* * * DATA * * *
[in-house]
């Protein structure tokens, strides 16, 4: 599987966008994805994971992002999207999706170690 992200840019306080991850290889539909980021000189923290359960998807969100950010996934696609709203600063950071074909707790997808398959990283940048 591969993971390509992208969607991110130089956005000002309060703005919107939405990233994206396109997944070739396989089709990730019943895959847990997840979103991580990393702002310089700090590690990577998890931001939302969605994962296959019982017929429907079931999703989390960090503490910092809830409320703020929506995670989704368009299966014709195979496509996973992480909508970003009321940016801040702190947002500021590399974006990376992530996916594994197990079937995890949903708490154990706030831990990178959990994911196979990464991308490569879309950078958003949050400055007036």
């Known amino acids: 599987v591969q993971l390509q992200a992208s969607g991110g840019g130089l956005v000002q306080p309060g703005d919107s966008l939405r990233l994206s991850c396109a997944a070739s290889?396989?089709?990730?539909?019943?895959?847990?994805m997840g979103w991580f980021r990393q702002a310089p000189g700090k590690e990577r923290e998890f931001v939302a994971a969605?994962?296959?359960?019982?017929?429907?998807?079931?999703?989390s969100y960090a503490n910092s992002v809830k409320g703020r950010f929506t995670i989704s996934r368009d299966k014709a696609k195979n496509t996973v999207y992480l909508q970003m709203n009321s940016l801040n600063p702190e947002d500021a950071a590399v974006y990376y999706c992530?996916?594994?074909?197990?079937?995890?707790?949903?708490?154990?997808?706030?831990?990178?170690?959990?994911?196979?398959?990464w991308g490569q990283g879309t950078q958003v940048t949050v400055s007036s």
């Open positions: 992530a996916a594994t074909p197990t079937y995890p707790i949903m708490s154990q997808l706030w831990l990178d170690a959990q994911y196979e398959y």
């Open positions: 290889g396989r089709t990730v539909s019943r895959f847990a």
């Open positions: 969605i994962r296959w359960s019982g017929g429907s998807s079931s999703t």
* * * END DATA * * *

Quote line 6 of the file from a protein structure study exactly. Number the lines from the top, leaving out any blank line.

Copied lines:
């Open positions: 969605i994962r296959w359960s019982g017929g429907s998807s079931s999703t």